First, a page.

The problem is bio was built around ami, and ami enumerates all its configured volumes and disks in a 0 based array with no gaps. So bioctl goes "hi, how many volumes can you got?" and ami replies "hey, I have 3 volumes". bioctl then goes "cool, give me volumes 0, 1, and 2", which ami is quite happy about.

arc on the other hand doesn't have a nice easy answer to the "how many volumes have you got?" question. Instead it knows it can have up to 16 volumes, which isn't quite the same. And on top of that, these volumes aren't sequentially listed from 0 to 15 in that space of 16 volumes, instead they can exist anywhere in that space. When I was writing this code I had set the HBA up so the first volume was at 1, which made bioctl a bit unhappy.

There is a ton of code that works around this issue, and others like it. Again, this code isn't something I'm proud of, but it does work, and it seems to work quite well.

One thing to note is that there is an extra layer in the Areca firmware between the disks and the volumes. You group disks into raid sets, and then build volumes out of those raid sets. For example, I have my hba set up so there are three disks configured into a single raid set. On top of that I have built 3 volumes of varying types, which is kinda cool, especially for testing bioctl.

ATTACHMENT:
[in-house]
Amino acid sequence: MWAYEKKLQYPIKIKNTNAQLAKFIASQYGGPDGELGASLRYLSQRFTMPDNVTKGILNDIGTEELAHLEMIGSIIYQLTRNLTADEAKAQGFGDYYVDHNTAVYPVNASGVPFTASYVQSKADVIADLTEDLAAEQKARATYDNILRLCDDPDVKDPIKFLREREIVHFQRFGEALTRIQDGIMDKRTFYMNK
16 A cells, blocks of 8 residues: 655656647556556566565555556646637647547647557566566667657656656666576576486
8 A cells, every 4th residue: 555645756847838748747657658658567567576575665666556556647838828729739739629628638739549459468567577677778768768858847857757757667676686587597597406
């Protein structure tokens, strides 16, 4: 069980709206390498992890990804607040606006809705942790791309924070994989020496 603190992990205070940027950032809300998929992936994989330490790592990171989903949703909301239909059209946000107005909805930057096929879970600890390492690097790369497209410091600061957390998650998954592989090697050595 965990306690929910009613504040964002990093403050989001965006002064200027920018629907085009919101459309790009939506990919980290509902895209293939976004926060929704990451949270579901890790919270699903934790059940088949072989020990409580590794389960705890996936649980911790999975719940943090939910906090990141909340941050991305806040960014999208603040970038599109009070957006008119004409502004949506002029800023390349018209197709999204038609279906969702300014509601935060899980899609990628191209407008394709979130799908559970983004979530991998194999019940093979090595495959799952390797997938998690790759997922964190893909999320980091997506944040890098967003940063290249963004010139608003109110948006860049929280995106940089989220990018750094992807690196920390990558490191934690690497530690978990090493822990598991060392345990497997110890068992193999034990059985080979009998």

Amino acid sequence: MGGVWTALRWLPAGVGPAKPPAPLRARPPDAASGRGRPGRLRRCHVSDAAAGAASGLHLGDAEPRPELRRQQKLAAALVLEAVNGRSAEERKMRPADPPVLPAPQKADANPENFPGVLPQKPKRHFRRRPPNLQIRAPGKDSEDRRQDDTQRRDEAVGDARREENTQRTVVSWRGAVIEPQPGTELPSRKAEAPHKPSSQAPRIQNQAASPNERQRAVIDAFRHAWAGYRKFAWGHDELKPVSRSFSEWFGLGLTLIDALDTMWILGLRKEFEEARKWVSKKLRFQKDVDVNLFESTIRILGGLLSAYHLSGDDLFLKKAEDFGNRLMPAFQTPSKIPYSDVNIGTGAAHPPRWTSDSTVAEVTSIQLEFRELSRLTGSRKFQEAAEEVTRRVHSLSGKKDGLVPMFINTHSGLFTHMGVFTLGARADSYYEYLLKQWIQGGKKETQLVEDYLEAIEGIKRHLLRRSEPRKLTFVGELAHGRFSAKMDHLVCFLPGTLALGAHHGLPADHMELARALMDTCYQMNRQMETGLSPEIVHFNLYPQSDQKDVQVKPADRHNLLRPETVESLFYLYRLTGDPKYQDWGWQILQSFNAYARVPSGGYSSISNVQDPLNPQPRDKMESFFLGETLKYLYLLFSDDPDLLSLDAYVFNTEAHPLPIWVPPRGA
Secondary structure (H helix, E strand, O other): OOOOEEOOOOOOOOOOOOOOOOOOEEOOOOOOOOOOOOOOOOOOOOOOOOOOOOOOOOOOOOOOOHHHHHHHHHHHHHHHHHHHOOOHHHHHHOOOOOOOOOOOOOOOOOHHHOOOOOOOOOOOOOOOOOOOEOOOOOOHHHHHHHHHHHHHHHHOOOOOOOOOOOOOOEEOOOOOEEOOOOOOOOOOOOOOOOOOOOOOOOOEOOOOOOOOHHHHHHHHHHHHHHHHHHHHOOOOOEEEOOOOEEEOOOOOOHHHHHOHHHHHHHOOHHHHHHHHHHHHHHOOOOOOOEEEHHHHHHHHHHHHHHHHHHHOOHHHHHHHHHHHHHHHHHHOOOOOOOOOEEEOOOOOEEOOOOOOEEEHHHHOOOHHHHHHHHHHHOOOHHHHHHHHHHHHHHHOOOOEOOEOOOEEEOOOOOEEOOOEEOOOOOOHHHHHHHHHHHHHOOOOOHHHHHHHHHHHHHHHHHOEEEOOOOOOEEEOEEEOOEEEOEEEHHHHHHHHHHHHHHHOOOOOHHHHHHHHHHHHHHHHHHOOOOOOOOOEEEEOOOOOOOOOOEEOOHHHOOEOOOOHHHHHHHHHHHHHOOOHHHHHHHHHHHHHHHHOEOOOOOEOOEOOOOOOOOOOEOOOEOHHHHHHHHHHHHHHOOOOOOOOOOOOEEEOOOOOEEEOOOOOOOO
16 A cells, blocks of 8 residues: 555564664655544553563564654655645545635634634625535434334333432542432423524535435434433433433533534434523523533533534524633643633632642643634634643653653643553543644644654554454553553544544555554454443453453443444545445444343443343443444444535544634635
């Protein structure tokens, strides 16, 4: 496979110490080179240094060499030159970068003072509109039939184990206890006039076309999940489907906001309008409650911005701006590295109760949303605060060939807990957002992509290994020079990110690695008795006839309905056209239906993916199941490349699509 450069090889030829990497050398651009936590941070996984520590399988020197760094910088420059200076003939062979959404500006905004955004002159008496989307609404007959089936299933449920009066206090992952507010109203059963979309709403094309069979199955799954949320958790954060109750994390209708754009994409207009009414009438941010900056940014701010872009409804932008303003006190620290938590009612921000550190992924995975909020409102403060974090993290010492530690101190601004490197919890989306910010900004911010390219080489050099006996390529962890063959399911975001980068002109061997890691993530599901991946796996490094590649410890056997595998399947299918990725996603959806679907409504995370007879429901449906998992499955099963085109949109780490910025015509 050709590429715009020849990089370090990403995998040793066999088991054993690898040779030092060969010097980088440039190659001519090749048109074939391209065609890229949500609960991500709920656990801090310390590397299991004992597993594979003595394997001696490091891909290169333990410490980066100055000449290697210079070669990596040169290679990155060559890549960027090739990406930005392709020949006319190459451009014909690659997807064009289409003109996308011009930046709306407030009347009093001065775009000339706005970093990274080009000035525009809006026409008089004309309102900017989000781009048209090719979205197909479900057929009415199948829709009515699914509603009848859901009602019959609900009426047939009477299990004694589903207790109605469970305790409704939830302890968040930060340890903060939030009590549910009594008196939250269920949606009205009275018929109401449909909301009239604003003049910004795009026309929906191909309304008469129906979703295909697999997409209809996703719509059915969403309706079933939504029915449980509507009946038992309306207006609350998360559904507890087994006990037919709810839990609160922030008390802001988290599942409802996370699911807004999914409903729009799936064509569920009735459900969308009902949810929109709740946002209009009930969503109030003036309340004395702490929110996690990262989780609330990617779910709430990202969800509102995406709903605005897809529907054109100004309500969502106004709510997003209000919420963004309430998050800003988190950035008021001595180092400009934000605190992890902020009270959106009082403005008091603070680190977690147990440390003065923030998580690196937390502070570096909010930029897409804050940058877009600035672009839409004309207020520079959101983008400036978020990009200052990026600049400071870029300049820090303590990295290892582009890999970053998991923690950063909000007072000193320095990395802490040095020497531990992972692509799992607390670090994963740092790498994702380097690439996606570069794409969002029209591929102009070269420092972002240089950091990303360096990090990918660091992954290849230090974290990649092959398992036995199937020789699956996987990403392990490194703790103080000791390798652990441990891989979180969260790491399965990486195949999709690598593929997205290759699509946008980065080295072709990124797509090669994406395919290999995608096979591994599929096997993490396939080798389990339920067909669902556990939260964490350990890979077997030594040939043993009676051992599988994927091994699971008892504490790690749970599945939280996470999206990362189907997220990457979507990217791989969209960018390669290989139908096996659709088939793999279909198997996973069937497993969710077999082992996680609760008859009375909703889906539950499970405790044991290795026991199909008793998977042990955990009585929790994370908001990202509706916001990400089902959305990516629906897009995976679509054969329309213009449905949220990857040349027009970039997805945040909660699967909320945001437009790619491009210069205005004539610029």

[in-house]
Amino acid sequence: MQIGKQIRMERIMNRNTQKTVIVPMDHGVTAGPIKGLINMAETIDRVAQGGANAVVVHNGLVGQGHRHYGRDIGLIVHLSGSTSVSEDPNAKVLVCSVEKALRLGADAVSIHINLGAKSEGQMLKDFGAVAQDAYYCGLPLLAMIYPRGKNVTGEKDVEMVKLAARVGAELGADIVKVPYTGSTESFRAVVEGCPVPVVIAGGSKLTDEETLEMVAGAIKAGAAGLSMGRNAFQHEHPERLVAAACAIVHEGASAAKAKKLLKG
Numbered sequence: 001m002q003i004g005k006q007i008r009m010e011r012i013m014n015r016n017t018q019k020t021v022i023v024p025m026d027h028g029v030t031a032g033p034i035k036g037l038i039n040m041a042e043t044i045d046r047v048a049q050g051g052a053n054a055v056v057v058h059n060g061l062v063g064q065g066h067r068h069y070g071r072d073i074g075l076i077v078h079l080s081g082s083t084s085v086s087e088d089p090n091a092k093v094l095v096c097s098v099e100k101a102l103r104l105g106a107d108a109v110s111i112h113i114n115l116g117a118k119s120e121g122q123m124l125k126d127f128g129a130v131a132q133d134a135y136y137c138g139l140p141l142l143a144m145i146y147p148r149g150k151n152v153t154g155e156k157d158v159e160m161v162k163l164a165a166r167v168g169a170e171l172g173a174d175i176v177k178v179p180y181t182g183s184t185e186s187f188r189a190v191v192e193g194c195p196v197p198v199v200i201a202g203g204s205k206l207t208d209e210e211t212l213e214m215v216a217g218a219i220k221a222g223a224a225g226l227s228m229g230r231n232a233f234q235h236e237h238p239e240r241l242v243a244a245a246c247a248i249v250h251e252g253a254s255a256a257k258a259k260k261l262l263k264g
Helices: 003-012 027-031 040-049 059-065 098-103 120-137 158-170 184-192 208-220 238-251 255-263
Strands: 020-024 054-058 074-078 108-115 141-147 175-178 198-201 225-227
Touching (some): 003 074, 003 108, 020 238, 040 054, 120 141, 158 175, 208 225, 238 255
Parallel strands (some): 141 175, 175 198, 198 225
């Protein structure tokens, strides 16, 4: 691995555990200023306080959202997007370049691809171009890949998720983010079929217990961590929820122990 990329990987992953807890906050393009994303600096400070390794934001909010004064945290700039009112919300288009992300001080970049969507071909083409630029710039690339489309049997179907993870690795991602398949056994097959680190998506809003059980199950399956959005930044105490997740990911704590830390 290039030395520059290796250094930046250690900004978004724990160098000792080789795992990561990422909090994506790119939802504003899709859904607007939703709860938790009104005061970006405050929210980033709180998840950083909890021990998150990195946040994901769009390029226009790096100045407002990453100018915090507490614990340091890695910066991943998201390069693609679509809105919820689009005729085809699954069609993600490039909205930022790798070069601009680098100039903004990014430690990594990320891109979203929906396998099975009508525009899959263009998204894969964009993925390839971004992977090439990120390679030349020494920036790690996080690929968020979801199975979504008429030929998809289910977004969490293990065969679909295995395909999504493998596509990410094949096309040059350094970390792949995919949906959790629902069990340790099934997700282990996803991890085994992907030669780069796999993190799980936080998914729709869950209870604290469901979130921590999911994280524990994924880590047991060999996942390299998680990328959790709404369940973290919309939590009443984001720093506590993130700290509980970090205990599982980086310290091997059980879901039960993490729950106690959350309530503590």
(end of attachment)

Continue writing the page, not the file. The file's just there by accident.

Anyway, I know you're all keen to see it in action, so here's some gratuitious pasting. First, here's the bits from dmesg:

ppb3 at pci3 dev 8 function 0 "Intel IOP331 PCIX-PCIX" rev 0x0a
pci6 at ppb3 bus 6
arc0 at pci6 dev 14 function 0 "Areca ARC-1110" rev 0x00: irq 11
arc0: 4 SATA Ports, 128MB SDRAM, FW Version: V1.41 2006-5-24
scsibus3 at arc0: 16 targets
sd2 at scsibus3 targ 0 lun 0: <Areca, ARC-1110-VOL#00, R001> SCSI3 0/direct fixed
sd2: 122070MB, 43402 cyl, 12 head, 480 sec, 512 bytes/sec, 249999360 sec total
sd3 at scsibus3 targ 1 lun 0: <Areca, ARC-1110-VOL#01, R001> SCSI3 0/direct fixed
sd3: 122070MB, 43402 cyl, 12 head, 480 sec, 512 bytes/sec, 249999360 sec total
sd4 at scsibus3 targ 3 lun 0: <Areca, ARC-1110-VOL#02, R001> SCSI3 0/direct fixed